Mk 110

Fact 26: Since its development, BAE Systems’ Bofors 57Mk3 has undergone a series of modifications, including upgrades and improvements that drastically lowered the weight of the system in the 1980s. The most recent version, the 57Mk3, is considered a huge success, largely due to the introduction of our multi-purpose programmable 57mm 3P ammunition (known as Mk 295 ammunition in the United States).

Fact 25:
In addition to the ship repair work we perform for the U.S. Navy, we also have commercial shipbuilding and module fabrication capabilities at our Mobile, Alabama, and Jacksonville, Florida, shipyards. In fact, we frequently dry dock cruise ships that register around 85,900 gross tons for construction, repairs, and conversions.

Fact 24:
In 1965, we began development of the Mk 45 Gun System at our Minneapolis site. The gun was designed to be a lighter weight and more easily maintained replacement for the Mk 42 gun mount, for use against surface warships, anti-aircraft, and shore bombardment to support amphibious operations.

Titan Dry Dock

Fact 23: Our Hyper Velocity Projectile (HVP) is a compact projectile that does not require a rocket engine to reach extended ranges. Its low-drag and aerodynamic design enable high velocity, maneuverability, and decreased time to target. When used with a railgun, the HVP can fire up to 10 rounds per minute.

Fact 22: Our anti-submarine warfare experts are developing a sensor payload for unmanned aircraft that will help the U.S. Navy’s P-8A Poseidon jet detect enemy submarines. The anti-submarine warfare payload will pinpoint submerged submarines by monitoring disturbances in the Earth’s magnetic field, using a magnetic anomaly detector.

Fact 21: Our Titan dry dock in Norfolk, Virginia, is 950 feet long, 160 feet wide and has a lift capacity of 52,000 long tons. It is the largest floating dry dock on the east coast of the United States

Fact 20: Our Norfolk Ship Repair team performed the first ever tandem dry docking of two Arleigh Burke guided missile destroyers, the USS Bulkeley (DDG 84) and the USS Mason (DDG 87), which measure 509 feet long and 60 feet wide.

Fact 19: To date, we have more than 40 years of experience with the Mk 45 naval gun, the U.S. Navy’s primary gun system on board all DDG and CG ships.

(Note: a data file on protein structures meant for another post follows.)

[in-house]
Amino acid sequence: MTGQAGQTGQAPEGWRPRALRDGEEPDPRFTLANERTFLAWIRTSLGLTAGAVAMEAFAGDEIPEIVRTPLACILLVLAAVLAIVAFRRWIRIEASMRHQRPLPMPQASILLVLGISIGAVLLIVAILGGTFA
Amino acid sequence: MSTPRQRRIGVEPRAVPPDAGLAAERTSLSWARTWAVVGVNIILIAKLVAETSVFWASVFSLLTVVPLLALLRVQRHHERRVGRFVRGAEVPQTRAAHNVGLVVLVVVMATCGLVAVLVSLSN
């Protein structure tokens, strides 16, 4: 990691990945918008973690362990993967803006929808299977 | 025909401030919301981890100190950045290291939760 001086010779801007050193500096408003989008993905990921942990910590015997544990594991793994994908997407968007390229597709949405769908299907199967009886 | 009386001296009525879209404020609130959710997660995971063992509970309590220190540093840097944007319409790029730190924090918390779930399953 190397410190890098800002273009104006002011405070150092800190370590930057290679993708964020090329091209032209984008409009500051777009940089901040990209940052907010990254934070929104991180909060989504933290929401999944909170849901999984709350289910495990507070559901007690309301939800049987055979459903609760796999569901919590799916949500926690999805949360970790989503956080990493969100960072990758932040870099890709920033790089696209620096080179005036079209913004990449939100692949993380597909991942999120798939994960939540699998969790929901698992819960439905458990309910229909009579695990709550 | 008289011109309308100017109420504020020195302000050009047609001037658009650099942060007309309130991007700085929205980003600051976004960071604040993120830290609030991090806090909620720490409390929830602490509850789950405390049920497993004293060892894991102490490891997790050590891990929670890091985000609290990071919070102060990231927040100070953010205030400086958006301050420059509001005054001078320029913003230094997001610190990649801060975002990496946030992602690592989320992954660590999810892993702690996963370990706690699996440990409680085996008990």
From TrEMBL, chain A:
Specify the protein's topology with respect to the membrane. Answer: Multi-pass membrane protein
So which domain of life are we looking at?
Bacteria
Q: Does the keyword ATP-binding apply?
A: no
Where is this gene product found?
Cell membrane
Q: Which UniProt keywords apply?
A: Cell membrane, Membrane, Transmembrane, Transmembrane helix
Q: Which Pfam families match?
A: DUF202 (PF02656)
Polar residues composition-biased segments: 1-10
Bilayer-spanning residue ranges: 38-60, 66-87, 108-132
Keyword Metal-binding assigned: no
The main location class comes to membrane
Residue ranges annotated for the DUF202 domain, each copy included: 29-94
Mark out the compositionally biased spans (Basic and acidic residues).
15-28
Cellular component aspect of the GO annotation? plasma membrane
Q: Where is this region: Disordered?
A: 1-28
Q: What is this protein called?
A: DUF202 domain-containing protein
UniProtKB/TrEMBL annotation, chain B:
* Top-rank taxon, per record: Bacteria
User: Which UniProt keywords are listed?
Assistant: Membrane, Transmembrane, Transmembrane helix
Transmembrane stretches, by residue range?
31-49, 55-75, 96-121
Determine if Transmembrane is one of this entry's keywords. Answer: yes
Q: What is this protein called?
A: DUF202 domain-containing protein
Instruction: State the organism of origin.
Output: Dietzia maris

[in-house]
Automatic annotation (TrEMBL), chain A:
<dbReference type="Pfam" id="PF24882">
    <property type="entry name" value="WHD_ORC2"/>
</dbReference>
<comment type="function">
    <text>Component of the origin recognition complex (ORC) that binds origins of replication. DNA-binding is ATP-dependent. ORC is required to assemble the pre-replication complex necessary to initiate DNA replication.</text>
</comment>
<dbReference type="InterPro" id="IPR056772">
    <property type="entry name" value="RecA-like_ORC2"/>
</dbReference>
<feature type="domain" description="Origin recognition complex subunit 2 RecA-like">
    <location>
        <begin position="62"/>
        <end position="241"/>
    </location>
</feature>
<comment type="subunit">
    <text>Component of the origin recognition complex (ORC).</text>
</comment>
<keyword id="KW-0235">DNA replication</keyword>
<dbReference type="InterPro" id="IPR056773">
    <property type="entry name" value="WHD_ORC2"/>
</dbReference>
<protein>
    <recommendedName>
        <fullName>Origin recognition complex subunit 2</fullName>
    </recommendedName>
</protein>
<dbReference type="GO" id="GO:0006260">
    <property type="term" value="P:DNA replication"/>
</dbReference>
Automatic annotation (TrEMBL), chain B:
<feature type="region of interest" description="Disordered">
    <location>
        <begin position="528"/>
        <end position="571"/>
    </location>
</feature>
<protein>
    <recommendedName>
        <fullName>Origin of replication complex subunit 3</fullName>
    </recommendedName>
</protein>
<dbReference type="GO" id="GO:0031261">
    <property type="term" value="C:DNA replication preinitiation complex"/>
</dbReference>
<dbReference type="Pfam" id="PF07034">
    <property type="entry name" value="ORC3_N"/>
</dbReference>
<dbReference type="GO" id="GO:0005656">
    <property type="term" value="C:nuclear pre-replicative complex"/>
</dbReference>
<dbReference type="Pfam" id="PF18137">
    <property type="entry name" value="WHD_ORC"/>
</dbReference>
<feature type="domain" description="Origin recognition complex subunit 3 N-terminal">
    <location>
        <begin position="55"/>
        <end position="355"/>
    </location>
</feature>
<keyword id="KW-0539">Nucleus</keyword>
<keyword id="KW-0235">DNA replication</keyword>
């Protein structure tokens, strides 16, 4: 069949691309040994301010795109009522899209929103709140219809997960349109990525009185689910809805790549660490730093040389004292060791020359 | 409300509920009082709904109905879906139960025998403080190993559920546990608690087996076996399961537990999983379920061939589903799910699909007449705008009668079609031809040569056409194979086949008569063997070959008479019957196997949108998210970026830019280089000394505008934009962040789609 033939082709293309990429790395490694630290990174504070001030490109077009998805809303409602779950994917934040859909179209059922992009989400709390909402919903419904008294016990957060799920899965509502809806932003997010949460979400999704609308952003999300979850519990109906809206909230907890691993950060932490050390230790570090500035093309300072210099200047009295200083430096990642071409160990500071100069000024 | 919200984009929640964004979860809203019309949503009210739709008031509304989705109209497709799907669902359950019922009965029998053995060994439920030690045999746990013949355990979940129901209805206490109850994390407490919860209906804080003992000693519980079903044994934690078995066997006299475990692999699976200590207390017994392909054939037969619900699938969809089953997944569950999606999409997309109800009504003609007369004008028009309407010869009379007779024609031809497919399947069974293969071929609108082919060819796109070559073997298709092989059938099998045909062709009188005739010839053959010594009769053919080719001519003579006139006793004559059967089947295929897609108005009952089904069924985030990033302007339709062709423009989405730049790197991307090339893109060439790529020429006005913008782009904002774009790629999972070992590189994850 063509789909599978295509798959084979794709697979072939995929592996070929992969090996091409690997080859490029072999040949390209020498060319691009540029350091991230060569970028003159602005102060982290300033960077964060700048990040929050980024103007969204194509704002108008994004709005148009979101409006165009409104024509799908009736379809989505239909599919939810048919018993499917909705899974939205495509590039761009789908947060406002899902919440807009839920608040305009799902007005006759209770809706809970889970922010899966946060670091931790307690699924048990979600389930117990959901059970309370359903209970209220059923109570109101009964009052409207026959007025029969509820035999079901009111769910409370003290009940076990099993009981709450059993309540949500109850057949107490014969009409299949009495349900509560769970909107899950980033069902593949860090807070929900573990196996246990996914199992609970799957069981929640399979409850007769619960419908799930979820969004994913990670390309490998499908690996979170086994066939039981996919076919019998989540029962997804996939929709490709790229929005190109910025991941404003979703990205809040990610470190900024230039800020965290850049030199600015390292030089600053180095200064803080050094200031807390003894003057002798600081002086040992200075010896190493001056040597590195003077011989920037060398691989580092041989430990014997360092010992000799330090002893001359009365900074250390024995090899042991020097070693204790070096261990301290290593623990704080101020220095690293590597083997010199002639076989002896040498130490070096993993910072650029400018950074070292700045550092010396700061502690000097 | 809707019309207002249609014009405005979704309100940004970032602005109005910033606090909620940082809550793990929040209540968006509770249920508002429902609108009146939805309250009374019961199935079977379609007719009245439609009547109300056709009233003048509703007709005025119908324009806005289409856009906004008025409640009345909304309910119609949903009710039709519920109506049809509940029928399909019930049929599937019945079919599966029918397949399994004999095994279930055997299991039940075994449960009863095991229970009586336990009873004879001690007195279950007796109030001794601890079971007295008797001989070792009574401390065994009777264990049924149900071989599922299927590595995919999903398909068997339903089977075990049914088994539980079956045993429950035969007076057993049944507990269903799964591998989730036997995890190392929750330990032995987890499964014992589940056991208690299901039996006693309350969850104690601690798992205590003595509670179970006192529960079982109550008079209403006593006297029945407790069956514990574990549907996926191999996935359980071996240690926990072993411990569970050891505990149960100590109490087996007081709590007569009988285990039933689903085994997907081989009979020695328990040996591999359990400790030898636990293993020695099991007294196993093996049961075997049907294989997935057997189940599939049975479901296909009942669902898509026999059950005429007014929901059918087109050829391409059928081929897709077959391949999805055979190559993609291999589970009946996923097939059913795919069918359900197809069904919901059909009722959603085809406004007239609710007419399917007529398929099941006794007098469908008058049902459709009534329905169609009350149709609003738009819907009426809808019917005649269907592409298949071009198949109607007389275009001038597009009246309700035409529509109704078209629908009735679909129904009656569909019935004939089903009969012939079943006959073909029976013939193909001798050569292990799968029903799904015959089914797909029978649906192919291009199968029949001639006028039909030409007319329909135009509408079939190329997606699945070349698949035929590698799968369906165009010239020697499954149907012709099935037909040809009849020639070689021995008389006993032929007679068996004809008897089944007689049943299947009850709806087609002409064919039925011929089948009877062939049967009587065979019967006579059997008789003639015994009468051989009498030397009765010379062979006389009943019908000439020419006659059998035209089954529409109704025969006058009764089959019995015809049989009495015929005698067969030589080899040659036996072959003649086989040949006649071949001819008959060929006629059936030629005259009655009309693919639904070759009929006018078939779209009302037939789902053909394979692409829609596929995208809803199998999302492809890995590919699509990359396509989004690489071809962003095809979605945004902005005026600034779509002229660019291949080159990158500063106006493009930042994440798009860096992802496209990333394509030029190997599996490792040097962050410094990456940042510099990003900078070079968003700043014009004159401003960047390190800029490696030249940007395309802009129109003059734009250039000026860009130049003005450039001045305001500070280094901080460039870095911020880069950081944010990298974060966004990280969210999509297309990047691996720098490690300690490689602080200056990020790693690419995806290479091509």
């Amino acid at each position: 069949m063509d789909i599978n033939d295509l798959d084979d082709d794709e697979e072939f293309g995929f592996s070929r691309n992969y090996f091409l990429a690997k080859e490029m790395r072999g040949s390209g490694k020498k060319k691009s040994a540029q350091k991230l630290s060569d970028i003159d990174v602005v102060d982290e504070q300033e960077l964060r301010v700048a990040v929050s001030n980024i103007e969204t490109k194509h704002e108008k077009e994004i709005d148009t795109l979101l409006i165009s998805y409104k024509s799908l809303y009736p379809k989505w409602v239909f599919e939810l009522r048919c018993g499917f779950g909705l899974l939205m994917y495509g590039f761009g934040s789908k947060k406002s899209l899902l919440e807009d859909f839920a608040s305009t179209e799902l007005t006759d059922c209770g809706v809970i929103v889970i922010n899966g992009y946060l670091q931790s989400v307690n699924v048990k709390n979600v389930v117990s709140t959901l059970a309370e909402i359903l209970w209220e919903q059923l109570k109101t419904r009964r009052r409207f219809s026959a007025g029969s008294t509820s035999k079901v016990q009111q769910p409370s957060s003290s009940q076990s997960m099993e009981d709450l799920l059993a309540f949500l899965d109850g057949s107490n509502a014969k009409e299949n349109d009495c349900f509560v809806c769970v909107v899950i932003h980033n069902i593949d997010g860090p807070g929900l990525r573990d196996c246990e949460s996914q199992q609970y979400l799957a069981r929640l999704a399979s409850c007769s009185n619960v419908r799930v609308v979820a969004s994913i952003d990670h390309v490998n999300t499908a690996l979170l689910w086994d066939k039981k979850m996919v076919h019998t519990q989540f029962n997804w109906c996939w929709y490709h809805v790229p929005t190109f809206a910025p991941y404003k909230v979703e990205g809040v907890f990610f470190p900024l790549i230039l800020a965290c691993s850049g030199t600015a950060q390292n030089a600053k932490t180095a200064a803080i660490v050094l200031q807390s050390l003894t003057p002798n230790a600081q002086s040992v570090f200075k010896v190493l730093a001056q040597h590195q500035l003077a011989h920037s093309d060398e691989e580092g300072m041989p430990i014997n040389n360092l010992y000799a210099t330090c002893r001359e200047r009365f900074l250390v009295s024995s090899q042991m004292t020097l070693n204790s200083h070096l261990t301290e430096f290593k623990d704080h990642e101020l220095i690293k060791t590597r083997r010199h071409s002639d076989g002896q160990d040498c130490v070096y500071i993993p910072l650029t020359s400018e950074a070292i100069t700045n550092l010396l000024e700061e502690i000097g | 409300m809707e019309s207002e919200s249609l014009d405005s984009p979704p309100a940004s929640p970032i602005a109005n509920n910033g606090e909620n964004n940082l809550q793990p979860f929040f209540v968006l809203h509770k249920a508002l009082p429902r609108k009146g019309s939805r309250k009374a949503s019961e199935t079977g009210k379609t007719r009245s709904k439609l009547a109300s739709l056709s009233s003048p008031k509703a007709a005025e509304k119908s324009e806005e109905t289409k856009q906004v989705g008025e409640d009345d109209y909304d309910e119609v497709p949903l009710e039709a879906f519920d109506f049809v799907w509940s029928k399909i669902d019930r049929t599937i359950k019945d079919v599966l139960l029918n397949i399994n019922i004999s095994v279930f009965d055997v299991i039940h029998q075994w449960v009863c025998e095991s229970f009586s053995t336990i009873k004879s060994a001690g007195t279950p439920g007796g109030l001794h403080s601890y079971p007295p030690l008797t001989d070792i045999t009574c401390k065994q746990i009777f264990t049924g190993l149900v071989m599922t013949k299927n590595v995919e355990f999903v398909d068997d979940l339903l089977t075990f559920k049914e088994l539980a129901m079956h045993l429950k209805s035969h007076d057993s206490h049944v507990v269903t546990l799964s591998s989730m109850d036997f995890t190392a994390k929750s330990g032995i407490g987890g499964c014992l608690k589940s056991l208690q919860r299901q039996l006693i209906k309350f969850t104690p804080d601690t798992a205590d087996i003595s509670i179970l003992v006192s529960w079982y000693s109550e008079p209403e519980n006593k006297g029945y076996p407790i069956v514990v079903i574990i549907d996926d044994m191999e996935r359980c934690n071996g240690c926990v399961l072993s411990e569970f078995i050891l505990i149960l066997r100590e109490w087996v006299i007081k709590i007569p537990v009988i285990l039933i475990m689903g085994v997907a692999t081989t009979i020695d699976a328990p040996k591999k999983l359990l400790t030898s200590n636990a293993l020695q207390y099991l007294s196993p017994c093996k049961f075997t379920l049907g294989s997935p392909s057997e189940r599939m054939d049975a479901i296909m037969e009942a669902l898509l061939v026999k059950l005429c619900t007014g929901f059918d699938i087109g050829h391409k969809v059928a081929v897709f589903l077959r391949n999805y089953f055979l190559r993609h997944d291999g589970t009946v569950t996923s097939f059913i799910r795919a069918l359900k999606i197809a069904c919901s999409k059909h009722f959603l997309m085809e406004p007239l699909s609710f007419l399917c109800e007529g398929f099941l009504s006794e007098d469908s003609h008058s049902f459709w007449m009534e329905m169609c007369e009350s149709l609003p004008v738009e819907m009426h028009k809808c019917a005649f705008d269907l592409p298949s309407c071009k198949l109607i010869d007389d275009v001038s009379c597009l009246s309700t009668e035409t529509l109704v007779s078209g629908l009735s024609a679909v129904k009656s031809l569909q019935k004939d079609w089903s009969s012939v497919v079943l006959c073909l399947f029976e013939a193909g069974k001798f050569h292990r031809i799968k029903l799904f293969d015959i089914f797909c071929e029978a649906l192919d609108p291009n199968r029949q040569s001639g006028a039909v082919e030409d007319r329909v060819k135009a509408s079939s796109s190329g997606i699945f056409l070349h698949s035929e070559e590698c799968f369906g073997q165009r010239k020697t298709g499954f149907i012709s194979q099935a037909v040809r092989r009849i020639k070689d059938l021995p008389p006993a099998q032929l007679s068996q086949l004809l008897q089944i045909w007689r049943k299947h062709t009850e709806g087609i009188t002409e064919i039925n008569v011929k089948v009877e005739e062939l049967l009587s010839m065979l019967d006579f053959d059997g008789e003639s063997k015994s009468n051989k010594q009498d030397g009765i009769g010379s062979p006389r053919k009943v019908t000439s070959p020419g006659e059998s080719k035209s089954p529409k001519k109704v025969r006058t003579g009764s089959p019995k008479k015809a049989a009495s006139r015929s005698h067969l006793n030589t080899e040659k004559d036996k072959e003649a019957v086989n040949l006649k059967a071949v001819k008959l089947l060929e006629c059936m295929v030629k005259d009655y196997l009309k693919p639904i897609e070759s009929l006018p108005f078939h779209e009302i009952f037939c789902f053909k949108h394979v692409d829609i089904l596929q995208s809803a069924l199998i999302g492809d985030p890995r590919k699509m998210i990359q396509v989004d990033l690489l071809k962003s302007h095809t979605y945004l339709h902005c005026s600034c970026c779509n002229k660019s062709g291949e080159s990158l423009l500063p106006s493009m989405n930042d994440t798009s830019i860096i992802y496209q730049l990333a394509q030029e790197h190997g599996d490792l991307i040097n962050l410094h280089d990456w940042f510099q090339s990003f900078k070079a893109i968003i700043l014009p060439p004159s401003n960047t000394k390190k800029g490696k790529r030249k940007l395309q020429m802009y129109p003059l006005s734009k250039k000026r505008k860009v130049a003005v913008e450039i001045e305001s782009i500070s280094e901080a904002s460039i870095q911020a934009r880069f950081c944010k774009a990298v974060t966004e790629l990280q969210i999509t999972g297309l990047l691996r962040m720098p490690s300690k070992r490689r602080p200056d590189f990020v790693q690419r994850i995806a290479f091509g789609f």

Tandem Drydocking
The first ever dual dry docking of two Aegis Guided Missile Destroyers
Mk 45 Mod 4

Fact 18: Our Multi Service-Standard Guided Projectile (MS-SGP) is the most affordable, medium-caliber precision munition to date. When fired from a Mk 45 naval gun, our MS-SGP can reach targets 100 km away.

Fact 17: In addition to providing critical engineering support for the AEGIS system itself, BAE Systems is an industry leader in modernizing the Navy’s fleet of Cruisers and Destroyers equipped with the AEGIS system. With shipyard operations across the country, the company has performed every major type of AEGIS platform modernization.

Fact 16: Ever wonder where the Electromagnetic Railgun gets its name? It’s derived from how the technology works. The revolutionary railgun uses electrical power generated by the ship to create high electrical currents. These currents accelerate a sliding metal conductor between two parallel rails, which create magnetic fields used to launch projectiles.

Electromagnetic (EM) Railgun blast
Electromagnetic (EM) Railgun blast
5-in Standard Guided Projectile (SGP)
5-in Standard Guided Projectile (SGP)

Fact 15: Upon receiving word on a Friday night that the U.S. Navy was sending the USS Bataan, USS Normandy, and other ships to support Haiti earthquake relief, we sent crews to Naval Station Norfolk and worked around the clock to restore the Bataan and Normandy, which were in the middle of a repair availability — both were able to deploy on Monday morning.

Fact 14: Inspired by real combat challenges, the company’s Advanced Precision Kill Weapon System (APKWS®) technology was developed to bridge the gap between costly precision munitions, such as Hellfire missiles, and unguided rockets. At one-third the cost and one-third the weight of other precision munitions in inventory, APKWS turns a standard unguided 2.75-inch rocket into a precision laser-guided munition using semi-active laser guidance technology. This cost-effective solution leverages existing infrastructure and inventory, requiring no modifications to the rocket, firing platform, or fire control/launcher system.